If implemented, the entire county would have a January muzzleloader season for antlerless and spike-buck deer. Department data indicate that deer populations in the northern and western parts of the county are increasing and able to withstand additional hunting pressure.
Additionally, the counties adjoining Upton County on the east and northeast (Glasscock and Reagan counties) contain deer densities similar to those found in Upton County but are under a more liberal regulation (5 deer; no more than 2 bucks) than that being proposed for Upton County. The regulations have been in effect in Glasscock and Reagan counties for five years, and the deer herds in these counties have experienced no adverse impacts. The department therefore does not anticipate that the proposed amendment will result in either waste or depletion of the resource. The proposal also would expand the late muzzleloader season countywide.
Prohibit harvest of largetooth sawfish (Pristis perotteti). The proposal is necessary because the U.S. Fish and Wildlife Service has listed the smalltooth sawfish (Pristis pectinata) as endangered. Due to the extreme difficulty in distinguishing the smalltooth sawfish from the largetooth sawfish, the department believes that protection of both species is the only way to protect the listed species.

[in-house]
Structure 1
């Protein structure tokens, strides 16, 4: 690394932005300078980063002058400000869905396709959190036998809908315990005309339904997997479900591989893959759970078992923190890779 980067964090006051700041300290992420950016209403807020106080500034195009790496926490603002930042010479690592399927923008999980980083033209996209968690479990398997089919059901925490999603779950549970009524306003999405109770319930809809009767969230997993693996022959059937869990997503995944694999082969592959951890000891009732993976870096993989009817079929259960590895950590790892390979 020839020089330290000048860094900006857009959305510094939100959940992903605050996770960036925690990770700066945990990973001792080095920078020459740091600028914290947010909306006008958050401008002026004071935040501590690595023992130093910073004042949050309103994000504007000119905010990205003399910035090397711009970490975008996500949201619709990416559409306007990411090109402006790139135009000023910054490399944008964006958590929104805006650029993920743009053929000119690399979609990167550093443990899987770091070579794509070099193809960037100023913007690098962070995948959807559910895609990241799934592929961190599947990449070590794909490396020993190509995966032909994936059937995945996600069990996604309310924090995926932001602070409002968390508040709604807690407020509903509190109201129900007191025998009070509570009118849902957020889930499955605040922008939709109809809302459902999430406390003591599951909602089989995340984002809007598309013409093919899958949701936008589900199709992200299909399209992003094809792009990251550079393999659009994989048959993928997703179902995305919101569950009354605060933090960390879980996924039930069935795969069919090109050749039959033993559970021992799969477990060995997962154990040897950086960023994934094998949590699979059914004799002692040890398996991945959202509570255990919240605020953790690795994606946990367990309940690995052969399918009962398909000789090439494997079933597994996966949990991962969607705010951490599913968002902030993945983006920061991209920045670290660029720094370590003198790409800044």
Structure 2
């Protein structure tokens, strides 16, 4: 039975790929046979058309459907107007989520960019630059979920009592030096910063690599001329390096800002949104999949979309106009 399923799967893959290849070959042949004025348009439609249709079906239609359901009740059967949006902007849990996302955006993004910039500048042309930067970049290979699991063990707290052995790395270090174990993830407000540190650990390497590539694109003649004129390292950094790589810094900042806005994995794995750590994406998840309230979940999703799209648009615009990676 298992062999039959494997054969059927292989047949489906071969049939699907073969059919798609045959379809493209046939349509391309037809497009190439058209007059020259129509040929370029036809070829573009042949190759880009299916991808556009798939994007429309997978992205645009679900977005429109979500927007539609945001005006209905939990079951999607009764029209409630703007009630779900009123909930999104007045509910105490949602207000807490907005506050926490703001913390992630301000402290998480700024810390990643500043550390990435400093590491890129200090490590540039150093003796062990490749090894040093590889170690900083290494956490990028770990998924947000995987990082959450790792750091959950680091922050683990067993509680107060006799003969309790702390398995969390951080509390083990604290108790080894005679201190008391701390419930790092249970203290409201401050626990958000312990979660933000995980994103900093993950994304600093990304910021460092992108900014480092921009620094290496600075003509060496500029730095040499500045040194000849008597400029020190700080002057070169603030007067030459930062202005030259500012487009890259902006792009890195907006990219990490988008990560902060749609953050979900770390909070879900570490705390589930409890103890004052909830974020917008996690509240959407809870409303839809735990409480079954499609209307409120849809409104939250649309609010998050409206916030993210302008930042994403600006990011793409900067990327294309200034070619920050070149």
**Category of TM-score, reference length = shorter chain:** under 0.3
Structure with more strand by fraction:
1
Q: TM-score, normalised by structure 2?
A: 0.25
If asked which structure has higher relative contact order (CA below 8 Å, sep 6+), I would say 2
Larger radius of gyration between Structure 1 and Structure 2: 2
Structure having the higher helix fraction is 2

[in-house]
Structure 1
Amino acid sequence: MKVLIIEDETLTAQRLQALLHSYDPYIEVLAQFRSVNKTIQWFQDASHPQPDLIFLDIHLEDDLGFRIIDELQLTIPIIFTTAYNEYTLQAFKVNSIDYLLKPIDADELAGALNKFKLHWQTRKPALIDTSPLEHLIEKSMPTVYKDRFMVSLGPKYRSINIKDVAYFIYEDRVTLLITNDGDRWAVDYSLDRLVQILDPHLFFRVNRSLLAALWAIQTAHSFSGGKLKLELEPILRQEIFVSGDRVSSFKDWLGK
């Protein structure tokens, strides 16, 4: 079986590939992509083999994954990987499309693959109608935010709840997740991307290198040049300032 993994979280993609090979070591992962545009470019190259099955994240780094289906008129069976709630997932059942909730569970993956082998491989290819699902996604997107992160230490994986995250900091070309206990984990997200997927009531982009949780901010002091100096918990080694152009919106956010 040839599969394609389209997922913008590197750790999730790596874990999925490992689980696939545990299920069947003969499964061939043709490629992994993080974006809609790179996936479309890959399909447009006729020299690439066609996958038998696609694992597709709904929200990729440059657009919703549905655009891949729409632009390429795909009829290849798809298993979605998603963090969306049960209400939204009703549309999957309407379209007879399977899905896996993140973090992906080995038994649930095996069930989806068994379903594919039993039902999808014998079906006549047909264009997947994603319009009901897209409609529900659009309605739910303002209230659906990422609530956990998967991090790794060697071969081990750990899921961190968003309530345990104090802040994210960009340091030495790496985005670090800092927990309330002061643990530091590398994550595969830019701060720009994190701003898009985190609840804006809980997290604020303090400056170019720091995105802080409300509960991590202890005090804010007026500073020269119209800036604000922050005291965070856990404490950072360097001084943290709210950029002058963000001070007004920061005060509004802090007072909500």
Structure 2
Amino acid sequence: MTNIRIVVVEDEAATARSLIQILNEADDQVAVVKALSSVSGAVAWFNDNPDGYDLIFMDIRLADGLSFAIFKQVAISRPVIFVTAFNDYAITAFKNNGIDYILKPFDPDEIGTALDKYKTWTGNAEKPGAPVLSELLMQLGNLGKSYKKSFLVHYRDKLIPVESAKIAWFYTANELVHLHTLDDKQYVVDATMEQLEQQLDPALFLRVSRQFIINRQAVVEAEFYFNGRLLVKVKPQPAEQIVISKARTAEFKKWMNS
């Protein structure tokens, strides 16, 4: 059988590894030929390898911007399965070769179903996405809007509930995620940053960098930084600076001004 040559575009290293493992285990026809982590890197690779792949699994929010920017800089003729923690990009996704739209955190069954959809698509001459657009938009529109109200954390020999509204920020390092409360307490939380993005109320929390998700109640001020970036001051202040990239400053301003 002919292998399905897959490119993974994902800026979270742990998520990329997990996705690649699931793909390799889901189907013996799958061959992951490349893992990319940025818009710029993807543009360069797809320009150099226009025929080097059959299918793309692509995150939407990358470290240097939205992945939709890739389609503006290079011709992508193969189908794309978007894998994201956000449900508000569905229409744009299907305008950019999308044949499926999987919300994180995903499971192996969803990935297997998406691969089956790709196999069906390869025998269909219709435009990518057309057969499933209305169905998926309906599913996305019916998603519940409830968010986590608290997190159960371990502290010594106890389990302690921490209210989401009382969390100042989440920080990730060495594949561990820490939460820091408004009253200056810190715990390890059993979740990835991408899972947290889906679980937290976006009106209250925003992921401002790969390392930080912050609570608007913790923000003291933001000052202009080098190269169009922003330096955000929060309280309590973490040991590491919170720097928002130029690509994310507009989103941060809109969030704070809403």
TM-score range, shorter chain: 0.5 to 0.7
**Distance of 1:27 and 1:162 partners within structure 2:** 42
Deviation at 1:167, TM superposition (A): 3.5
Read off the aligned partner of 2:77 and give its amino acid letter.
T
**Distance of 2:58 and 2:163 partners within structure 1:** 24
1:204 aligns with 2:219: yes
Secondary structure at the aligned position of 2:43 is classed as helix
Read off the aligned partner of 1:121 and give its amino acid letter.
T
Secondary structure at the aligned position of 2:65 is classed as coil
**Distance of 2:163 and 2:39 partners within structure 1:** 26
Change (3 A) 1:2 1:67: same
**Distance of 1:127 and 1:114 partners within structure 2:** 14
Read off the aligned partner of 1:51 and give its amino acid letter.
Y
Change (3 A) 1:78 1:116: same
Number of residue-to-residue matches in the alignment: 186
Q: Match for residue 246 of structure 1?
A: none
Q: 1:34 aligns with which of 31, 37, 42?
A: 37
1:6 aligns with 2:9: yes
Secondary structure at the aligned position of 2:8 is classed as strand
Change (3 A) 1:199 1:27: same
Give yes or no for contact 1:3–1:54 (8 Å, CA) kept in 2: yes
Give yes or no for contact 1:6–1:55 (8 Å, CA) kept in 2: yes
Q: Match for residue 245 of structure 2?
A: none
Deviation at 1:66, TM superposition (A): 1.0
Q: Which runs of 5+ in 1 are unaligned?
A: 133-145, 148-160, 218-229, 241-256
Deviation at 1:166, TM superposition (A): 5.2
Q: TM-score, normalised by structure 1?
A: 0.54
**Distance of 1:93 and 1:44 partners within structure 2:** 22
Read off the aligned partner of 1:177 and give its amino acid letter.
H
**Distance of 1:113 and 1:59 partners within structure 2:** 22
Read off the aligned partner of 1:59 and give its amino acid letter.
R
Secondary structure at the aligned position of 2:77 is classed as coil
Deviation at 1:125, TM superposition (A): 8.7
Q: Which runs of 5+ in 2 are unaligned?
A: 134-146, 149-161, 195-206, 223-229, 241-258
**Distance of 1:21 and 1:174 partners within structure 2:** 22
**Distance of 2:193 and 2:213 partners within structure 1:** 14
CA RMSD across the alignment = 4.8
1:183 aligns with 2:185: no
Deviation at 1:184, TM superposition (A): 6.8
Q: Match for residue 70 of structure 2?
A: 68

Eliminate trophy tarpon tag: TPWD is also proposing to eliminate the requirement that tarpon be tagged and instead would implement a minimum length limit. Under current rules, no person may catch and retain a tarpon of less than 80 inches in length, but may retain one tarpon of more than 80 inches in length by tagging the fish with the trophy tarpon tag from the person's fishing license.
The proposed amendment would eliminate the tagging requirement and replace it with a bag limit of one tarpon of 80 inches in length or longer per person.